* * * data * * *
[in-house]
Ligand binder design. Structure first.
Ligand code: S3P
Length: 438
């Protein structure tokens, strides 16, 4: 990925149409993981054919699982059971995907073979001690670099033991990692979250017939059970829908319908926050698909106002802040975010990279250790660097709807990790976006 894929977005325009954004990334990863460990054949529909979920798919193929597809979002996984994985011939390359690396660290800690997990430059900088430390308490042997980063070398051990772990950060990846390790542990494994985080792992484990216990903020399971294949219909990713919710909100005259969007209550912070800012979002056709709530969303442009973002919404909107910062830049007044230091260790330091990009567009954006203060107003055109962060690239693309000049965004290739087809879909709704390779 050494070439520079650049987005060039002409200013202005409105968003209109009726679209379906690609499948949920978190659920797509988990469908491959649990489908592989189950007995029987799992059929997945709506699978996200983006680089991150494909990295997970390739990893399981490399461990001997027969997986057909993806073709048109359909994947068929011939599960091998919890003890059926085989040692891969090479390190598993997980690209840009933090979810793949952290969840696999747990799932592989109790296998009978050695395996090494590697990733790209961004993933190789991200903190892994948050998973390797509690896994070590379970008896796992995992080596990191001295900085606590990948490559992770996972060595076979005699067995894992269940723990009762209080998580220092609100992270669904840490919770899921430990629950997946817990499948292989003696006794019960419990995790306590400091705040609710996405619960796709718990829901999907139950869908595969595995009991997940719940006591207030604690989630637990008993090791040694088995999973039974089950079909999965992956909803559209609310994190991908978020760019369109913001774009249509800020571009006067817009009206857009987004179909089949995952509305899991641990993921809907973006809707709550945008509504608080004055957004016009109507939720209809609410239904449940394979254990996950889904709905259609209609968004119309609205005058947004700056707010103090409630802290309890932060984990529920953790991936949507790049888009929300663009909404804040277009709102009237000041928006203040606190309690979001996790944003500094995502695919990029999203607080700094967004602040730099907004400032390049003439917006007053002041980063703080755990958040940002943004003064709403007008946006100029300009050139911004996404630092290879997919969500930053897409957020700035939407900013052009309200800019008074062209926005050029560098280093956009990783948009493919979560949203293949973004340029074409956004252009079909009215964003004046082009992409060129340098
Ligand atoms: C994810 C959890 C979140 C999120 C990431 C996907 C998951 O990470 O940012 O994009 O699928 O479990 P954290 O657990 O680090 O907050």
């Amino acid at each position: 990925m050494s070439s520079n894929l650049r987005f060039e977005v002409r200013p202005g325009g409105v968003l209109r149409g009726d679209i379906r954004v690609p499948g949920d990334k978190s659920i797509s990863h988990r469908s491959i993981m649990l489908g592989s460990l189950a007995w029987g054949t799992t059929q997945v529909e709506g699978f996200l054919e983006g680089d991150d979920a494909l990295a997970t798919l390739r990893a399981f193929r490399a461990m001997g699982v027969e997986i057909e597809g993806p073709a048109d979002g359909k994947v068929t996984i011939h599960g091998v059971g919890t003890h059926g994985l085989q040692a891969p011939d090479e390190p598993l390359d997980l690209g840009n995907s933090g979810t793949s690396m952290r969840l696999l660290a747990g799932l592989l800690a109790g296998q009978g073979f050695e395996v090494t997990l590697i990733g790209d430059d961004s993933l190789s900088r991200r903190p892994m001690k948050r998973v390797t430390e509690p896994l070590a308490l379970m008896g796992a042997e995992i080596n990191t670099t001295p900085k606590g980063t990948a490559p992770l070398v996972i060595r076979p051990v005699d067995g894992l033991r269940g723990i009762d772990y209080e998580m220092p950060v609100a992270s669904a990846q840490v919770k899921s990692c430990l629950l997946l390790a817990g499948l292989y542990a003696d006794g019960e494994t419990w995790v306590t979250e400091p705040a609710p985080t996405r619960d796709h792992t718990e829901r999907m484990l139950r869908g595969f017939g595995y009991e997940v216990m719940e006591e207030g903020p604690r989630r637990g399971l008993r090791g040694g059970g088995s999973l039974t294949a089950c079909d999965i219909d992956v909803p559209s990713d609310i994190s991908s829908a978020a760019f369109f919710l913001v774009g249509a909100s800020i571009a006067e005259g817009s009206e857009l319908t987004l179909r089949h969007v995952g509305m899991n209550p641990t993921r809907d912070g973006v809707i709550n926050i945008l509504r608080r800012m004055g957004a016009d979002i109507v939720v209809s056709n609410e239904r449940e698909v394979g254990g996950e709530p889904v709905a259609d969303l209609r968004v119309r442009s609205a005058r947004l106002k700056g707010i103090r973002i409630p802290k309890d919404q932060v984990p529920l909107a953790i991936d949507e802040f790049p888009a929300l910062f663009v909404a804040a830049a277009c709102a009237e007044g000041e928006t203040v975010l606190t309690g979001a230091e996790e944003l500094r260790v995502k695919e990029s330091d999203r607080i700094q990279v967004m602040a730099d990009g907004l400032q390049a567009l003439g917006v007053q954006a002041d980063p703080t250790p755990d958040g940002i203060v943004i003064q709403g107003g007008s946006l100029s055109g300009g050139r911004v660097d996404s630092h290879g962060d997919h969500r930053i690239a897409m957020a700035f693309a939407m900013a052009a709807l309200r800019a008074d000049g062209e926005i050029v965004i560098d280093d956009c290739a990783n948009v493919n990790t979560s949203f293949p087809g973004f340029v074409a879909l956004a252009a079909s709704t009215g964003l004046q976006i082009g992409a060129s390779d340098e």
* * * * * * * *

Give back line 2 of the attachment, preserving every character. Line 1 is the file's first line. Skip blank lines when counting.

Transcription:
Ligand binder design. Structure first.